There is, yes, something to be said about the choices they're making, but the guilt they may feel, that Akio/the Devil may use against them, is unnecessary guilt in most of the cases, as it's survivor's guilt or "I made the adult in charge of me rape me when I was fourteen because I got in his car and he was hot." It's a bit suspect.

The Akio and Anthy interactions are all abusive, to me, because they're all predicated on false pretenses that allow the two of them to hurt children easier. If being abusive or a rapist dehumanized a character completely, though, Anthy would never be able to get out or get past her own guilt, which at least movie-Akio has the excuse for of being dead, if he was even ever truly alive. What's keeping Anthy in the cycle of abuse is the dead nightmare buried under her roses and vacuous smiles.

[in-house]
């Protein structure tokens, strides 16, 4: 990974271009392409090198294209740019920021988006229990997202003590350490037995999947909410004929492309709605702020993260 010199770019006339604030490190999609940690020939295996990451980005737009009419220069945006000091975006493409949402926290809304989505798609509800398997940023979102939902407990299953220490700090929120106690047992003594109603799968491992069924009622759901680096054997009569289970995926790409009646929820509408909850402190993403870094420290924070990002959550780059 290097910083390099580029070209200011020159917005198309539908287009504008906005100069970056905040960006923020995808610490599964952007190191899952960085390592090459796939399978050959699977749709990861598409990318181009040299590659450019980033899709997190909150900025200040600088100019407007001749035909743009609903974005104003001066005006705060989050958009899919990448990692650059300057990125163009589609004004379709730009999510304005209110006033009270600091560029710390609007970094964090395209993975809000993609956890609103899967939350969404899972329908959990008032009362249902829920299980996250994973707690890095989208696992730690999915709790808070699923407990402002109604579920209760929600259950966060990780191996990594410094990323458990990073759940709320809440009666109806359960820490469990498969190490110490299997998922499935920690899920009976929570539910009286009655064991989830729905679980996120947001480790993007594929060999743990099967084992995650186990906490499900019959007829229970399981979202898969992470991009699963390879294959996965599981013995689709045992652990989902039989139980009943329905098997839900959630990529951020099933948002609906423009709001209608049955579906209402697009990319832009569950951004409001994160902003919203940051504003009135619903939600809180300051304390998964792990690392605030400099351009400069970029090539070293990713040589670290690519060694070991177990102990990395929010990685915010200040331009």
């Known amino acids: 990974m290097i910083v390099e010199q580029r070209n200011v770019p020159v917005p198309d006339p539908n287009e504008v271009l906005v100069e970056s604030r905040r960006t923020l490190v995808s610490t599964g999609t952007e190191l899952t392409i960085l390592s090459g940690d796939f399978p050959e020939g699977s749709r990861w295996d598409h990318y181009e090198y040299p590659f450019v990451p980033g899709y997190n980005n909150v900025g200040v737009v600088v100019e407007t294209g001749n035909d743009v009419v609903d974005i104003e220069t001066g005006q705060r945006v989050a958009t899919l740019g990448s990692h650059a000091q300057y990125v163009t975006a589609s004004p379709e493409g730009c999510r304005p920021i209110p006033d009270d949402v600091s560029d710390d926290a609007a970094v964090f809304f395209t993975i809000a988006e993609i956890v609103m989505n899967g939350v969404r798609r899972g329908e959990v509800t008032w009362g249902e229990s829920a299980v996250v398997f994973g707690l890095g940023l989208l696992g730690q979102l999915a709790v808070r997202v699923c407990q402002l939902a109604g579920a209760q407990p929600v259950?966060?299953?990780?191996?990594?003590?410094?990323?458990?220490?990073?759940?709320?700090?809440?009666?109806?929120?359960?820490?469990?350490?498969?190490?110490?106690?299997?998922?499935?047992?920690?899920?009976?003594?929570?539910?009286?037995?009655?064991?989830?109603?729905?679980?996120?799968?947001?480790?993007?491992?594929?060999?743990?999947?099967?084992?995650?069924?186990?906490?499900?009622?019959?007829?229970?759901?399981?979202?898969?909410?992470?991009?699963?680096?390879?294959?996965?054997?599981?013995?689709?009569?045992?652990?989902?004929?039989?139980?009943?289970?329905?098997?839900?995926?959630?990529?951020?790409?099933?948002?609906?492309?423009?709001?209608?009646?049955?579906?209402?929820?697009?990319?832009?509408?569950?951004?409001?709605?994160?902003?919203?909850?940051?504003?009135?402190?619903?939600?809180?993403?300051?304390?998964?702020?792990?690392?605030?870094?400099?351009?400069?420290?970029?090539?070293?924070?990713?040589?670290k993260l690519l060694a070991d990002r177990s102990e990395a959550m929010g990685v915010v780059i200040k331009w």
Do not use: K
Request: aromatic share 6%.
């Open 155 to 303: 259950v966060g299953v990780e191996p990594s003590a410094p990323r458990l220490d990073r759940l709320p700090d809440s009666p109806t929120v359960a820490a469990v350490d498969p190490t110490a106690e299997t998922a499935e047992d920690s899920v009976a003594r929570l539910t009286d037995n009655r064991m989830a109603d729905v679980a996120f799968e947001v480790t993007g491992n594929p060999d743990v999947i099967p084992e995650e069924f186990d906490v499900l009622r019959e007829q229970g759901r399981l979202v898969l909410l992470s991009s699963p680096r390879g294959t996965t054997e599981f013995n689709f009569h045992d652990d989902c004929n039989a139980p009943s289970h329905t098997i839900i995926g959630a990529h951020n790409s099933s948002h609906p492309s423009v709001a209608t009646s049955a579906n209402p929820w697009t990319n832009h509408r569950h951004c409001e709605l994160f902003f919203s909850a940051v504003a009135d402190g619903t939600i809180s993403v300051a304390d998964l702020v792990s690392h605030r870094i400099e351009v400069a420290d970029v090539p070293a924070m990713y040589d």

My Brain is the Wakaba and Shiori Funtime Hour. With limited commercial interruption.

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#5 | Back to Top09-09-2013 09:19:53 AM

gorgeousshutin
Bare Footman
Registered: 04-11-2012
Posts: 1312
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Re: It looks like this is my lucky day! I'll take "The Rapists" for $200.

Decrescent Daytripper wrote:

Giovanna wrote:

If coercion is rape, what's Touga doing to half the student body?

Well, he's raping them. And/or sexually assaulting them.

There's some allure in it, and it doesn't dehumanize Touga or turn him into The Rapist, but it's still sexual assault and intimidation.

Itís a case of numerous faceless under-eighteen girls throwing themselves at an under-eighteen boy, and the boy taking them up on their offer.  I myself cannot see how that constitutes the boy dishing out any more 'sexual assault' than those three girls who gave him Ep9ís reverse gangbang.